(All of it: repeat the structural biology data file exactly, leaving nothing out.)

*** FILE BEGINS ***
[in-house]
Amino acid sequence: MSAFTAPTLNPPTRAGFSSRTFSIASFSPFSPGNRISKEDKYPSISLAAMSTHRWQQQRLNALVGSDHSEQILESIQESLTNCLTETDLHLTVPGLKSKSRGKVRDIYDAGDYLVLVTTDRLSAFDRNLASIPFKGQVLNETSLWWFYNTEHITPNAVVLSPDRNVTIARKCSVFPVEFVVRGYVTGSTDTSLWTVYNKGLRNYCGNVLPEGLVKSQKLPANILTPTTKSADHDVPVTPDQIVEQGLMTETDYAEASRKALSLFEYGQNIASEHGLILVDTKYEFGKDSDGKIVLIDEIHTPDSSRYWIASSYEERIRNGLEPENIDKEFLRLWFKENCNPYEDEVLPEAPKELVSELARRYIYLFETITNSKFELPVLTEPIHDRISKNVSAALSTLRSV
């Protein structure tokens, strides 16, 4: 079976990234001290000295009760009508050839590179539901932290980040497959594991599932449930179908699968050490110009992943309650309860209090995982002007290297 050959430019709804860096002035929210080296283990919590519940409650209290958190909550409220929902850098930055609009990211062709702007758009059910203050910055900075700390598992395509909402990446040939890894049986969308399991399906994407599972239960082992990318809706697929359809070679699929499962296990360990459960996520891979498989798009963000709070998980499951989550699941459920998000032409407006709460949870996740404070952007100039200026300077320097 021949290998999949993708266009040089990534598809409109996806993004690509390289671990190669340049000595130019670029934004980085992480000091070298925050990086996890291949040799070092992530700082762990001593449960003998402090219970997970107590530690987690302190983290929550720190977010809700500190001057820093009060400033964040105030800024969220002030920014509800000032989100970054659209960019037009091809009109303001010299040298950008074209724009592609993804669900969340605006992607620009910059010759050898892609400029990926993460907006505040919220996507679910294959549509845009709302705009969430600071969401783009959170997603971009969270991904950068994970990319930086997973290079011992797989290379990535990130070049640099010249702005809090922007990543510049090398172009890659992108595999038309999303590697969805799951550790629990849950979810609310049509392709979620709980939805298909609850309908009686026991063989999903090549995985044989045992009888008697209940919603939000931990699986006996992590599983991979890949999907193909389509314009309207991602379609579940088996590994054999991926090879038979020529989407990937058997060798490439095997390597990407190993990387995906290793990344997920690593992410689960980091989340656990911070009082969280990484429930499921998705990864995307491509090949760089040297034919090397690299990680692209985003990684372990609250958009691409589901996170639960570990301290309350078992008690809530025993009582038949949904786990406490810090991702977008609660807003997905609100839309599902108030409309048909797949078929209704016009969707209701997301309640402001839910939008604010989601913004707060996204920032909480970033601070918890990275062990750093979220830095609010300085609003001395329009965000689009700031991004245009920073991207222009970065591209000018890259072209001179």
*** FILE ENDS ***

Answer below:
[in-house]
Amino acid sequence: MSAFTAPTLNPPTRAGFSSRTFSIASFSPFSPGNRISKEDKYPSISLAAMSTHRWQQQRLNALVGSDHSEQILESIQESLTNCLTETDLHLTVPGLKSKSRGKVRDIYDAGDYLVLVTTDRLSAFDRNLASIPFKGQVLNETSLWWFYNTEHITPNAVVLSPDRNVTIARKCSVFPVEFVVRGYVTGSTDTSLWTVYNKGLRNYCGNVLPEGLVKSQKLPANILTPTTKSADHDVPVTPDQIVEQGLMTETDYAEASRKALSLFEYGQNIASEHGLILVDTKYEFGKDSDGKIVLIDEIHTPDSSRYWIASSYEERIRNGLEPENIDKEFLRLWFKENCNPYEDEVLPEAPKELVSELARRYIYLFETITNSKFELPVLTEPIHDRISKNVSAALSTLRSV
């Protein structure tokens, strides 16, 4: 079976990234001290000295009760009508050839590179539901932290980040497959594991599932449930179908699968050490110009992943309650309860209090995982002007290297 050959430019709804860096002035929210080296283990919590519940409650209290958190909550409220929902850098930055609009990211062709702007758009059910203050910055900075700390598992395509909402990446040939890894049986969308399991399906994407599972239960082992990318809706697929359809070679699929499962296990360990459960996520891979498989798009963000709070998980499951989550699941459920998000032409407006709460949870996740404070952007100039200026300077320097 021949290998999949993708266009040089990534598809409109996806993004690509390289671990190669340049000595130019670029934004980085992480000091070298925050990086996890291949040799070092992530700082762990001593449960003998402090219970997970107590530690987690302190983290929550720190977010809700500190001057820093009060400033964040105030800024969220002030920014509800000032989100970054659209960019037009091809009109303001010299040298950008074209724009592609993804669900969340605006992607620009910059010759050898892609400029990926993460907006505040919220996507679910294959549509845009709302705009969430600071969401783009959170997603971009969270991904950068994970990319930086997973290079011992797989290379990535990130070049640099010249702005809090922007990543510049090398172009890659992108595999038309999303590697969805799951550790629990849950979810609310049509392709979620709980939805298909609850309908009686026991063989999903090549995985044989045992009888008697209940919603939000931990699986006996992590599983991979890949999907193909389509314009309207991602379609579940088996590994054999991926090879038979020529989407990937058997060798490439095997390597990407190993990387995906290793990344997920690593992410689960980091989340656990911070009082969280990484429930499921998705990864995307491509090949760089040297034919090397690299990680692209985003990684372990609250958009691409589901996170639960570990301290309350078992008690809530025993009582038949949904786990406490810090991702977008609660807003997905609100839309599902108030409309048909797949078929209704016009969707209701997301309640402001839910939008604010989601913004707060996204920032909480970033601070918890990275062990750093979220830095609010300085609003001395329009965000689009700031991004245009920073991207222009970065591209000018890259072209001179």